Francis Luther Whitney (1878-1962)
Francis Luther Whitney died January 25, 1962, at the age of 83. Dr. Whitney retired from active teaching in 1953 to become Professor Emeritus of Geology after 44 years of teaching at the University of Texas.
Whitney was born at Enfield Center, New York, September 2, 1878. His elementary education was completed in New York and he graduated from Elmira Academy before the age of 15. Hard times came upon the family after a bank theft, and young Francis Whitney spent six years in the tool makers trade, becoming foreman in one factory by the age of 21.
Before the age of 12 he became a fossil collector and established an interest that never died. He served as a guide, while still a youngster, to Cornell University geology classes when they were collecting fossils in the Elmira, New York, area.
At Cornell Francis Whitney started his long teaching career, for after his first year he handled all the paleontology classes while continuing work for his own degree. Francis Whitney graduated from Cornell in 1901, and in the same year married Grace Pellet. He immediately went to work for the Gurly Instrument Company repairing and making surveying instruments. However, he preferred the out-of-doors to a lifelong position indoors, and when the opportunity arrived, he chose teaching as a profession. He taught for one year (1907) at Buchtel College in Akron, Ohio, and a year (1908) at Hastings, Nebraska. In 1909 he came to UT and rose through the ranks to Professor.
In his early years Professor Whitney’s outstanding accomplishments at UT were of two facets, 1) he shared in and sometimes alternated in teaching the geology field courses started by Dr. Hal P. Bybee, and 2) he inaugurated paleontological studies at UT, neglected since the short tenure (one year) of R. T. Hill as Professor of Geology in 1887-88. At this time Professor Whitney started one of the earliest courses in micropaleontology in the world. The early days of micropaleontology in the oil industry were dominated by Whitney’s students. Much of the paleontology of Texas published during the 1920’s was published by Whitney’s students.
Dr. Whitney learned the machinist trade as a youngster, and during World War I he organized and headed the automotive Camp Mabry shop, associated with the military training camps at Austin, and served at least in an advisory capacity to similar training shops throughout Texas. His machinist skill was an asset throughout his life for various projects, such as cutting a ring gear to repair a station wagon in Trans-Pecos Texas and building his own photographic and dark room equipment. He also manufactured machined models for demonstrating problems in structural geology, developing a method of copper plating wax models so that they would not collapse in excessive summer heat, made his own photographic chemicals and emulsified papers during World War II when they were unobtainable through normal channels as well as other instruments. In his laboratory at his home on Wooldridge Drive in Austin he created a mechanical computer which he designed on the principle of an abacus and built of spare typewriter, adding machine, speedometer, and other miscellaneous parts. Dr. Whitney’s laboratory, in addition to extensive fossil collections, contained a woodworking lathe, a metal working lathe and various other machinist paraphernalia.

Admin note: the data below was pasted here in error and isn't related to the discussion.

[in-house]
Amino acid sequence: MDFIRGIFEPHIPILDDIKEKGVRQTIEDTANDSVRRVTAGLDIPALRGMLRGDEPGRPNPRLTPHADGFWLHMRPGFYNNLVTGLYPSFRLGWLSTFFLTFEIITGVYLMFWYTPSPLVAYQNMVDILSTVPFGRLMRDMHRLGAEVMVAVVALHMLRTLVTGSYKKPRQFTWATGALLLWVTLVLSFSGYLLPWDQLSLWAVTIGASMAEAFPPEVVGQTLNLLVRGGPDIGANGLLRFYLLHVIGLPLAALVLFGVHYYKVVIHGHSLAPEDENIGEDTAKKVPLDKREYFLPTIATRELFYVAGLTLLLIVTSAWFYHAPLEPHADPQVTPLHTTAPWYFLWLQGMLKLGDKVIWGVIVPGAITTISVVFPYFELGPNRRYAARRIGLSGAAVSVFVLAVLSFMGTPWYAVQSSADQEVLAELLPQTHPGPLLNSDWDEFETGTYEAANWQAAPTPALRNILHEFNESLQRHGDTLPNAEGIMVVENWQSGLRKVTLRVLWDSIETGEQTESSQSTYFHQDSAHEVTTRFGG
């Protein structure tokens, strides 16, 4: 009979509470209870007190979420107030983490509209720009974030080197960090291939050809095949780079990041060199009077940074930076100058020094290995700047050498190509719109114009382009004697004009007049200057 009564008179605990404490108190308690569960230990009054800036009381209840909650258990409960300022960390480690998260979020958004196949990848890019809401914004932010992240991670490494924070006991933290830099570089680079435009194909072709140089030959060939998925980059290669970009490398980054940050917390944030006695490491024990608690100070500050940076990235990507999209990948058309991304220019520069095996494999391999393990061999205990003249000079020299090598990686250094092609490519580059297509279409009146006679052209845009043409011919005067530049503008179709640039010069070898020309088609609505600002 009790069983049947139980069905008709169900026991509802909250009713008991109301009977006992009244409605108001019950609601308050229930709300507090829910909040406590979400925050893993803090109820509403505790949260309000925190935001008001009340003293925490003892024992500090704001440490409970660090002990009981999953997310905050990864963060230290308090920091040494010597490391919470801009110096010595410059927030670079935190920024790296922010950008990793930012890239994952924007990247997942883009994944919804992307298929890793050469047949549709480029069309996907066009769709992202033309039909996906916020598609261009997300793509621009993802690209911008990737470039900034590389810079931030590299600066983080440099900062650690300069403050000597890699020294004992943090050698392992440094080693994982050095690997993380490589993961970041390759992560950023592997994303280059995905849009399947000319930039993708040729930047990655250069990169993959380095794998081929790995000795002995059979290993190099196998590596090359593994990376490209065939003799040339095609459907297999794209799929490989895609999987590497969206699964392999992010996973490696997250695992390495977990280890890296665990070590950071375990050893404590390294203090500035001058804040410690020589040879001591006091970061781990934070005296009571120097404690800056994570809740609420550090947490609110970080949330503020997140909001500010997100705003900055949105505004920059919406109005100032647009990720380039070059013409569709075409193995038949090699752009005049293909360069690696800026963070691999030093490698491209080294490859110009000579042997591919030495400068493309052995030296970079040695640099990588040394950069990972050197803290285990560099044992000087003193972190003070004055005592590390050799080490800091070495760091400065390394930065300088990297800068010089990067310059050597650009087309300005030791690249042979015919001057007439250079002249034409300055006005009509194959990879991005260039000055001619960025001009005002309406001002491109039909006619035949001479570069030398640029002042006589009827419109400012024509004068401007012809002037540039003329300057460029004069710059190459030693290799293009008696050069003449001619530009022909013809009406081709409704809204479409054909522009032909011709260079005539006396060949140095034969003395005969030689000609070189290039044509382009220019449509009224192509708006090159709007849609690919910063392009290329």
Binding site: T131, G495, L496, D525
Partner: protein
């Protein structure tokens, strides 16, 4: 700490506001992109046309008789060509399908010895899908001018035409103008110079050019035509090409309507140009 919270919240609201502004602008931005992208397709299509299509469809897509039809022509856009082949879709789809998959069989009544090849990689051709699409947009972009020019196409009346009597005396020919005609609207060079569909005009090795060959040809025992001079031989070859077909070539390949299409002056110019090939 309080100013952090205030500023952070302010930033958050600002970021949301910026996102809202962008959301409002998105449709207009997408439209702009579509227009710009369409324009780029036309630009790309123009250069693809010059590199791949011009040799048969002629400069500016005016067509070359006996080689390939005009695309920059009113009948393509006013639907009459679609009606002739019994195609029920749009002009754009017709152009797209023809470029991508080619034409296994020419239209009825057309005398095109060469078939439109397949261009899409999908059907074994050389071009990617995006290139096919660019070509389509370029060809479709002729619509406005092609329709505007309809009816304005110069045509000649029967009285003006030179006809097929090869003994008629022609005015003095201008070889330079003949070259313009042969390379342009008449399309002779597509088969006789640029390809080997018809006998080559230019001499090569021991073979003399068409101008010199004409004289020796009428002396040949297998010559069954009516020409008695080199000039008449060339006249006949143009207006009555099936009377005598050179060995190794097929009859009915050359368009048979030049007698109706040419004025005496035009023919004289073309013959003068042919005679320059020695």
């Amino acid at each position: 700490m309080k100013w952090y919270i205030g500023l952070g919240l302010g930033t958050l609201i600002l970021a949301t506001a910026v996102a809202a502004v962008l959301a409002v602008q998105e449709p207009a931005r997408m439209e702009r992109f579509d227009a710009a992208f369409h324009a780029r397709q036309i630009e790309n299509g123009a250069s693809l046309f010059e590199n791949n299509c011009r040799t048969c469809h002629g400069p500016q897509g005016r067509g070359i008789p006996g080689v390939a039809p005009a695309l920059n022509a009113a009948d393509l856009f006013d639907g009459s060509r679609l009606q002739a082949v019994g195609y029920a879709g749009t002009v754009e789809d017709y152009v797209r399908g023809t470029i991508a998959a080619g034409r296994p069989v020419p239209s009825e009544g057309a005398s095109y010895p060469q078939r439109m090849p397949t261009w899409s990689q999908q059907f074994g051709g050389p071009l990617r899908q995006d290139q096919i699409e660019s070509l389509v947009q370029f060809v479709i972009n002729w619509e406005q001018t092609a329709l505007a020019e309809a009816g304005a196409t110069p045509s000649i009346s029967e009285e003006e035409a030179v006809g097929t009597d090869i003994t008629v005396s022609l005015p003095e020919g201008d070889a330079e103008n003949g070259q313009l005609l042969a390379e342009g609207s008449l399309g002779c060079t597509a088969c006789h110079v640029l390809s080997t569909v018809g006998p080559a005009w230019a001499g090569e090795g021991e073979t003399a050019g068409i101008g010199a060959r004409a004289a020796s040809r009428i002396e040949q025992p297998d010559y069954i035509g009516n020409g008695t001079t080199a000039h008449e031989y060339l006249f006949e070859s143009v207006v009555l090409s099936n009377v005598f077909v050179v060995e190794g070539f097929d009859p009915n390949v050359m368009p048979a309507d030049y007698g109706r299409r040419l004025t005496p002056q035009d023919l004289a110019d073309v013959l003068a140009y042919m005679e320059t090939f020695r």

Dr. Whitney was the third Chairman of the Geology Department, serving in that capacity for nine years. During this period the Geology Department started its great pre-World War II growth. When a doctoral program was inaugurated by the Department of Geology at UT, the first PhD students were supervised by Whitney. He also supervised 59 Master’s students.
Professor Whitney’s list of publications is not large; neither are those of his colleagues during the middle-30-years of the Geology Department at UT. But for some, success may be measured in other ways. Whitney’s students have published more than their share of the geology of the Gulf Coast, and the measure of Professor Whitney’s contribution to UT, to the State of Texas, and to the profession of geology, is the tremendous contribution that his students have made to the Texas economy through geology; to science through publication and research; and to culture through the inspiration they have shared with and given to others.